Paint contains chemicals. So you should not want it to end up in your water treatment plant or plumbing. Since it has extenders, binders, solvents, and additives, which can be harmful to the environment without proper handling. That’s why your trash company must follow special rules when handling it.
Plumbers express shock at the number of people who think that sending a fish down the commode releases it back into the wild. That fish isn’t going to make it very far, and it will soon meet its demise. Plus, some goldfish can be pretty significant, and they have the potential to cause a clog. Sure, a water burial seems logical to toss a scaly friend, but it’s not a good idea.
17. Do Not Flush Chewing Gum
Did you know chewing gum has some of the same chemical properties as glue? It sounds disgusting, but it’s a cohesive substance that can easily stick to the inside of your septic pipes. When it builds up, it can impede water flow and cause a flood in your home or yard, which can be expensive to repair.
18. Cosmetic Wipes
Unlike toilet paper, cosmetic wipes aren’t going to break down in your septic system. They have chemicals that can flood your plumbing if you send too many down the hatch.
Unbeknownst to most, tissues and toilet paper are not the same thing. Tissues have different materials that don’t allow them to break down easily. Avoid flushing these, even if you run out of toilet paper.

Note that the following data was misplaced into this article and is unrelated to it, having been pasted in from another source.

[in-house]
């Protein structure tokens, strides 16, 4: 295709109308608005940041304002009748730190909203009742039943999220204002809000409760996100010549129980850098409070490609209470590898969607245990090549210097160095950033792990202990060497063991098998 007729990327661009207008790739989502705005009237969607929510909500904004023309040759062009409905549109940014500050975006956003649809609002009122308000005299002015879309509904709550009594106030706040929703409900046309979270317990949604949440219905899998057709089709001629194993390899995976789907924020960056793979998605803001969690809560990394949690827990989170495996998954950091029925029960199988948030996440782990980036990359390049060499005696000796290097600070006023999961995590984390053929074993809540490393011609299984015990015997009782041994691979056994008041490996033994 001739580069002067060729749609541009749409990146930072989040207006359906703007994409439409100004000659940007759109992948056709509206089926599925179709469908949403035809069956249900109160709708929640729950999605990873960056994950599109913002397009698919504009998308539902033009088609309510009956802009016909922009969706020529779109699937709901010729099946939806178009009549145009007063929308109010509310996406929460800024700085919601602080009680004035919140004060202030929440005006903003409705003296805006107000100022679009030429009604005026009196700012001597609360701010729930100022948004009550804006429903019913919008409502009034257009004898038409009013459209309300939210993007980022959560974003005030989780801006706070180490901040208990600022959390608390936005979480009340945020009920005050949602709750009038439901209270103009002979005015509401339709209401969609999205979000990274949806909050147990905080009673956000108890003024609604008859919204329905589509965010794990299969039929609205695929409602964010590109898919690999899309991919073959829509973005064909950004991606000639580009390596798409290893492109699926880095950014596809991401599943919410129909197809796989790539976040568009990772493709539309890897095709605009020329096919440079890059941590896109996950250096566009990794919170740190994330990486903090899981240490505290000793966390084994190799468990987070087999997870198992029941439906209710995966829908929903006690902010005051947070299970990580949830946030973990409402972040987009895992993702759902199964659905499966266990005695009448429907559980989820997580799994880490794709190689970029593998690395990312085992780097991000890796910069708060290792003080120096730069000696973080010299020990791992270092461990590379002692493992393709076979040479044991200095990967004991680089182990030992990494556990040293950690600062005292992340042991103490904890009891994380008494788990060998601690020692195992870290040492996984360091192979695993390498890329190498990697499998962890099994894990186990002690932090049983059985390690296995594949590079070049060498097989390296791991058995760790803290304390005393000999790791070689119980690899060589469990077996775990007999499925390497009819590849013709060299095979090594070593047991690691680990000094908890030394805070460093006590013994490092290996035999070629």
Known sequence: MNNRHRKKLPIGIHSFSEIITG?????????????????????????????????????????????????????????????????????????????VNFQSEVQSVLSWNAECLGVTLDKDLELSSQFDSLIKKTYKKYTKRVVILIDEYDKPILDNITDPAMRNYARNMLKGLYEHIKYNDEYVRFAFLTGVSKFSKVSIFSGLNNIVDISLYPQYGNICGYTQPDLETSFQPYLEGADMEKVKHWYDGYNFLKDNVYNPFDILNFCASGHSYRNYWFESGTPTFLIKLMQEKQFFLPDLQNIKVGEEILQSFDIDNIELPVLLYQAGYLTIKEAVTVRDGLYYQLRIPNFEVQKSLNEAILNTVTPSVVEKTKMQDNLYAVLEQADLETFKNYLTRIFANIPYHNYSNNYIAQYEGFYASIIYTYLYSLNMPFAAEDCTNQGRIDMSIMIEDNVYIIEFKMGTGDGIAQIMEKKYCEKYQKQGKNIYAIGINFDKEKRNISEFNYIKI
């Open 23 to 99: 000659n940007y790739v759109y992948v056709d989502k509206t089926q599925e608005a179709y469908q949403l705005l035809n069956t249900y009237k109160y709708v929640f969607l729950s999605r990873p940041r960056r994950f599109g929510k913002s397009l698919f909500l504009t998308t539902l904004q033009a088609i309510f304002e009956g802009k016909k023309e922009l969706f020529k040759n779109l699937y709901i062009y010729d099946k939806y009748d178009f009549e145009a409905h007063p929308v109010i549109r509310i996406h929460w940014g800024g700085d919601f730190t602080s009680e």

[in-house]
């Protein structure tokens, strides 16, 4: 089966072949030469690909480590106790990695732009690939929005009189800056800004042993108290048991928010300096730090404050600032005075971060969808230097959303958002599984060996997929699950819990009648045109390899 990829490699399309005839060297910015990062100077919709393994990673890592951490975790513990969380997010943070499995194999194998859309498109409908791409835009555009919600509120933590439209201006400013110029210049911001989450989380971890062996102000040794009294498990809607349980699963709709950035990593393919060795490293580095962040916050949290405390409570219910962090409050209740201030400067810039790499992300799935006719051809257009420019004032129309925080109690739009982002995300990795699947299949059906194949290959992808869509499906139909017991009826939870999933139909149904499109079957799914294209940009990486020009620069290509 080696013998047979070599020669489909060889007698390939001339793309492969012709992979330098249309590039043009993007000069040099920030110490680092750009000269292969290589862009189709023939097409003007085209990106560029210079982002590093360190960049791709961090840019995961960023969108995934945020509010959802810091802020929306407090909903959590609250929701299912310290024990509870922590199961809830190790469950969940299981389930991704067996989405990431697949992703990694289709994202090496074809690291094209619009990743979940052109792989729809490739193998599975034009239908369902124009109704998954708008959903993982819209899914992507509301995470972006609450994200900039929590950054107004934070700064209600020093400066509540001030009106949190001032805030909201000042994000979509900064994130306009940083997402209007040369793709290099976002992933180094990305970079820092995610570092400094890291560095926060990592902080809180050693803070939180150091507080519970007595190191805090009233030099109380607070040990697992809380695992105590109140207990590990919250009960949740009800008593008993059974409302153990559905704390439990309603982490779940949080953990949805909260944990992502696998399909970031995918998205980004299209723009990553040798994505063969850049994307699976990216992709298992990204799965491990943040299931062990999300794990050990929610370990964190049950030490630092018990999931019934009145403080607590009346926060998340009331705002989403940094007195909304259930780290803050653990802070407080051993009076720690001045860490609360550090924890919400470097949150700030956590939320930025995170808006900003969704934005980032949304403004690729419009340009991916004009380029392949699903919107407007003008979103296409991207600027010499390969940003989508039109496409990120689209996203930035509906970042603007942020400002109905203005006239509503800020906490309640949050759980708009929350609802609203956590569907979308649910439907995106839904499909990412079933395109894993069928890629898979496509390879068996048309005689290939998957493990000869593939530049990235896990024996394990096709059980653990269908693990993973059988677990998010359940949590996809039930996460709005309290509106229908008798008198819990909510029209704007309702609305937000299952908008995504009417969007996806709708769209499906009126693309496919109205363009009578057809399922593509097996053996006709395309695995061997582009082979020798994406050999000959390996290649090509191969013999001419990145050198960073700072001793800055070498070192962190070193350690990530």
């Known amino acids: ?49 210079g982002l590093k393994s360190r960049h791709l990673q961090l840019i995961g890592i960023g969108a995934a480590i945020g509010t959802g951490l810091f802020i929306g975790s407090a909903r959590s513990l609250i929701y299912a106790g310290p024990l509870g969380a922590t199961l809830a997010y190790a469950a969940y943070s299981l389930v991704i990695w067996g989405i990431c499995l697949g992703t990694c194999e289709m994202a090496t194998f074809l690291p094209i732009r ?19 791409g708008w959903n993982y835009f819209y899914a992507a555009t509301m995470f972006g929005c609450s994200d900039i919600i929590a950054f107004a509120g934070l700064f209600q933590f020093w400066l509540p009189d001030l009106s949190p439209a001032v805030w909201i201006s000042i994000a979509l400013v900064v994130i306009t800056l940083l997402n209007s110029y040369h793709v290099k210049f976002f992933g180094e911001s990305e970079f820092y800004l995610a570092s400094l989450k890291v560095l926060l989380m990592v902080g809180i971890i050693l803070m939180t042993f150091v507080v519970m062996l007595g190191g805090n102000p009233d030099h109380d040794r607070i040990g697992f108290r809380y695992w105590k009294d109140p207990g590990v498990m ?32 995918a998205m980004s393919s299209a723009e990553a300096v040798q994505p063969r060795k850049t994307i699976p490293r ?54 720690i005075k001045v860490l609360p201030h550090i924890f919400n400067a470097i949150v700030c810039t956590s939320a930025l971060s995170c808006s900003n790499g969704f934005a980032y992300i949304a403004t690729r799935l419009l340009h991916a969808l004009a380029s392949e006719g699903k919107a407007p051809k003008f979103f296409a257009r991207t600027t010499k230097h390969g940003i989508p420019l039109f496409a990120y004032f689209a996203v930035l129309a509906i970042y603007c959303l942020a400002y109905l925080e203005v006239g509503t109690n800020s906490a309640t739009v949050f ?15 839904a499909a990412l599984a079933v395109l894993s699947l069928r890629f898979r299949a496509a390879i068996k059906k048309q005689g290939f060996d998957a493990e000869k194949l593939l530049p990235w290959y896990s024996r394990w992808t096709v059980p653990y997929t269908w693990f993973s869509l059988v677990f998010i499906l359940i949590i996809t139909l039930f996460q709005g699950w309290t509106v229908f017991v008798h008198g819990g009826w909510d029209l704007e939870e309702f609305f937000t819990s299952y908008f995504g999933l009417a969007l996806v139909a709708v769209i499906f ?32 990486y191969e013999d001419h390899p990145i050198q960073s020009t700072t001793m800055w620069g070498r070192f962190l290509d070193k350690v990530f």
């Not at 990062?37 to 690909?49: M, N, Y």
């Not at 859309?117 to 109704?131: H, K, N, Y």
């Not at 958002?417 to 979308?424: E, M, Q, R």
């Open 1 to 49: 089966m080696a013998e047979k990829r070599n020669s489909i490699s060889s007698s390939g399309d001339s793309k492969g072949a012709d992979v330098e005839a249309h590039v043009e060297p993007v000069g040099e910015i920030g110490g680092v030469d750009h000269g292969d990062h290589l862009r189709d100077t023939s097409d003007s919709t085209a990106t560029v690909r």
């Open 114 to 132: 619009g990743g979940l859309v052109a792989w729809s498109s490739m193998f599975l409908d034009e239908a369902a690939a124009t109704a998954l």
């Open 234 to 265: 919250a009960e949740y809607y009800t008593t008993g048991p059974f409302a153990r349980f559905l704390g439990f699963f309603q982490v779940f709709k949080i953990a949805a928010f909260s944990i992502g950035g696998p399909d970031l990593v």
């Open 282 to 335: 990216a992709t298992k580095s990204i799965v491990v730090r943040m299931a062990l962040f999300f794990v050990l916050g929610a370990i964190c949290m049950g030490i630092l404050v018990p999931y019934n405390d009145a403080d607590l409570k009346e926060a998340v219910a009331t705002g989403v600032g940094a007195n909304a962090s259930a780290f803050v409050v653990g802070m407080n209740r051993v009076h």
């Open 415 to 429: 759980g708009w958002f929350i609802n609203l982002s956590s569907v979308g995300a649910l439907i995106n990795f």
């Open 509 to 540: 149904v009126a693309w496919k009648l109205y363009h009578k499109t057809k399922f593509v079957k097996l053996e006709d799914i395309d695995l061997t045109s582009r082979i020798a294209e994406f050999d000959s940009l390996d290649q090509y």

Bandages are made from plastic and latex and can’t break down in your plumbing system. While it’s not likely to cause a flood in your bathroom, it can certainly be a headache as it travels down the line to the treatment plant.
Final Thoughts on Knowing Why You Should Not Flush These Twenty Items Down the Toilet
Are you guilty of flushing any of these items on the list? Perhaps you didn’t know some of these things do not belong down your drain. It can be a costly repair if you flush items that your system can’t handle. Plus, it’s unsanitary and inconvenient when one of the most vital rooms in the home is out of order.
If you don’t want to flood your bathroom or yard, you should be very careful about what goes down your commode. If it’s not toilet paper, it’s best to throw it in the trash can. Think twice before you put anything through your plumbing, as it can be a very costly mistake.